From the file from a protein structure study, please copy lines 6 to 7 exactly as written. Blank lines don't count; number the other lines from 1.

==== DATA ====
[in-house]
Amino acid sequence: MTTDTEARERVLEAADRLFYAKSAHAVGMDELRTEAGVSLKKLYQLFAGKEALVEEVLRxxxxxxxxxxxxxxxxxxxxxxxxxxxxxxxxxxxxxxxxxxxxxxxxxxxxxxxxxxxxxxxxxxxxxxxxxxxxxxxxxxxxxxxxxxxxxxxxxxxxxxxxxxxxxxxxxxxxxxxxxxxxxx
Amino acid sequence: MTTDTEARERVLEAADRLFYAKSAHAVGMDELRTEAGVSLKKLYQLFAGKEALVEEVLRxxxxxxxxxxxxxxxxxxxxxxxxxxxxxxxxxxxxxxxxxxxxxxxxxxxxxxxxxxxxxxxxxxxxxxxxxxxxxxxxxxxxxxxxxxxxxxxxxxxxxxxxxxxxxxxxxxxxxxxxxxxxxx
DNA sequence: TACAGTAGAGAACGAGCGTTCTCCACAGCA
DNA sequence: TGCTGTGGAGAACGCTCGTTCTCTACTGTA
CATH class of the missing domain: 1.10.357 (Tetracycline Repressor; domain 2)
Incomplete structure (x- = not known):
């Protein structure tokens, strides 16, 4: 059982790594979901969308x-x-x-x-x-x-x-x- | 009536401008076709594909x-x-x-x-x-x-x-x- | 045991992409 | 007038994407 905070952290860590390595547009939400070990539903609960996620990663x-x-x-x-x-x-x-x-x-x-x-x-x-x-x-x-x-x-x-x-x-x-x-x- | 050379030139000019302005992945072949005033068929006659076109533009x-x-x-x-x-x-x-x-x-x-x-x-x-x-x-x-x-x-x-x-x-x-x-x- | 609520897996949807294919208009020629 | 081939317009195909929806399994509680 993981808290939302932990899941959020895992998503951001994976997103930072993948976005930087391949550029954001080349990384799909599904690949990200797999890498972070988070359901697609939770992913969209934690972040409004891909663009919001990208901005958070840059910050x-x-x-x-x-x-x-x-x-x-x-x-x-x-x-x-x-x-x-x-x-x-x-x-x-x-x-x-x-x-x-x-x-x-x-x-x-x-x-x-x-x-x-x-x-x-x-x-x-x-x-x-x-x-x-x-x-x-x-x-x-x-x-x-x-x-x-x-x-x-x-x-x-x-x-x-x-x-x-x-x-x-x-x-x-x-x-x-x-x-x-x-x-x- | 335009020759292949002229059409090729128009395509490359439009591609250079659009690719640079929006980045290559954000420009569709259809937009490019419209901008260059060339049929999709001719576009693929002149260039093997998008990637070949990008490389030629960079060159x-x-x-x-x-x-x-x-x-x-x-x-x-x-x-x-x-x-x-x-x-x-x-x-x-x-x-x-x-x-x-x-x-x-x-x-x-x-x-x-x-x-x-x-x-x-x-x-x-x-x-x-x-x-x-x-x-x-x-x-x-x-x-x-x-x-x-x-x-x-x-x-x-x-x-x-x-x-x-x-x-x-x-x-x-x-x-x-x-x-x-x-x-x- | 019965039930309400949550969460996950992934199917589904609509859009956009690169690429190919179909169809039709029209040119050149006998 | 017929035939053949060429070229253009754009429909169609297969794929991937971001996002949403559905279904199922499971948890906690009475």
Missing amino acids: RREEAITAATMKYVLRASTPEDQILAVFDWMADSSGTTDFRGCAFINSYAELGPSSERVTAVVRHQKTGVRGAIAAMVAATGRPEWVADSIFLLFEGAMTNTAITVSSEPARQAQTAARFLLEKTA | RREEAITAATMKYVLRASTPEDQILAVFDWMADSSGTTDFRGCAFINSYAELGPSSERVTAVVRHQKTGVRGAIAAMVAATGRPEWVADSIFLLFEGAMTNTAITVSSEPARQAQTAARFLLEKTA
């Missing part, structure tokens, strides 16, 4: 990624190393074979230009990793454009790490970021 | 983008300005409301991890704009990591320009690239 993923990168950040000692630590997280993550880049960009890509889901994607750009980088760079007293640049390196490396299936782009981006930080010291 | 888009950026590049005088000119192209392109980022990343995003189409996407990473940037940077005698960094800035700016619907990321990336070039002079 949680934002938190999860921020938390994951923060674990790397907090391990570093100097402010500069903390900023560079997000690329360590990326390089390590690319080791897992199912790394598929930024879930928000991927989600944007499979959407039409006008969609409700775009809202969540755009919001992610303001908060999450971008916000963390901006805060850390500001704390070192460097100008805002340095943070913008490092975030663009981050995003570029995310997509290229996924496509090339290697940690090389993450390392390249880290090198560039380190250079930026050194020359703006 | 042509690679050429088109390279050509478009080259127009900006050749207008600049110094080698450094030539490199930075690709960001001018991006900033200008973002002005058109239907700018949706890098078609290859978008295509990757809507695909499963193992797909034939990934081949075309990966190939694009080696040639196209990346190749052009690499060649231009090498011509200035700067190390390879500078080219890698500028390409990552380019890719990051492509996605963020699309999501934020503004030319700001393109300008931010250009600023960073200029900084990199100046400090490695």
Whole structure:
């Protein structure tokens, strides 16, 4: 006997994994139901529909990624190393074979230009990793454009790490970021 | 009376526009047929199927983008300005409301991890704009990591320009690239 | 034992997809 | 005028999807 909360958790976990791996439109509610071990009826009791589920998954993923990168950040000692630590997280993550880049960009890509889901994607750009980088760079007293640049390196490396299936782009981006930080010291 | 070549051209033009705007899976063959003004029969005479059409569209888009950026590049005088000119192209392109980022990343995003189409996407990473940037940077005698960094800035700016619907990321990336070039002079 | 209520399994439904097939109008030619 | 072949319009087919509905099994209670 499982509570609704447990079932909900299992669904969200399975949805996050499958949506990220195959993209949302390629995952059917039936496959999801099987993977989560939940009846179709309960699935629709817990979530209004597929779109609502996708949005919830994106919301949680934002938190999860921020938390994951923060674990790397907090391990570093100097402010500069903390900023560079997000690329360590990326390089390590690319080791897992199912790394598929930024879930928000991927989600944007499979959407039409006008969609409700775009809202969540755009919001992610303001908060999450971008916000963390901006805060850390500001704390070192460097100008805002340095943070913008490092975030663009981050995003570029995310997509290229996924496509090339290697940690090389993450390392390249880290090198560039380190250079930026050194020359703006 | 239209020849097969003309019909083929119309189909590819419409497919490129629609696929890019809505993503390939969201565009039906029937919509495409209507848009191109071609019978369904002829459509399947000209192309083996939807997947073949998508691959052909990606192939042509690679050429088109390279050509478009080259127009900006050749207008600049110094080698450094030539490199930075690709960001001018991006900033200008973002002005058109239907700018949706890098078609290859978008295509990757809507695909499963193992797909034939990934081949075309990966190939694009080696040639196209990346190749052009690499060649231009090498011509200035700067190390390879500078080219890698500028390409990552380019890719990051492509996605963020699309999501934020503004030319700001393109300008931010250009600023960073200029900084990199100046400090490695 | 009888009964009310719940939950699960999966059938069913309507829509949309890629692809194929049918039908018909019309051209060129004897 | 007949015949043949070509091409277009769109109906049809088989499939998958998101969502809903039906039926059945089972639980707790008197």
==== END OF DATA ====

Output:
CATH class of the missing domain: 1.10.357 (Tetracycline Repressor; domain 2)
Incomplete structure (x- = not known):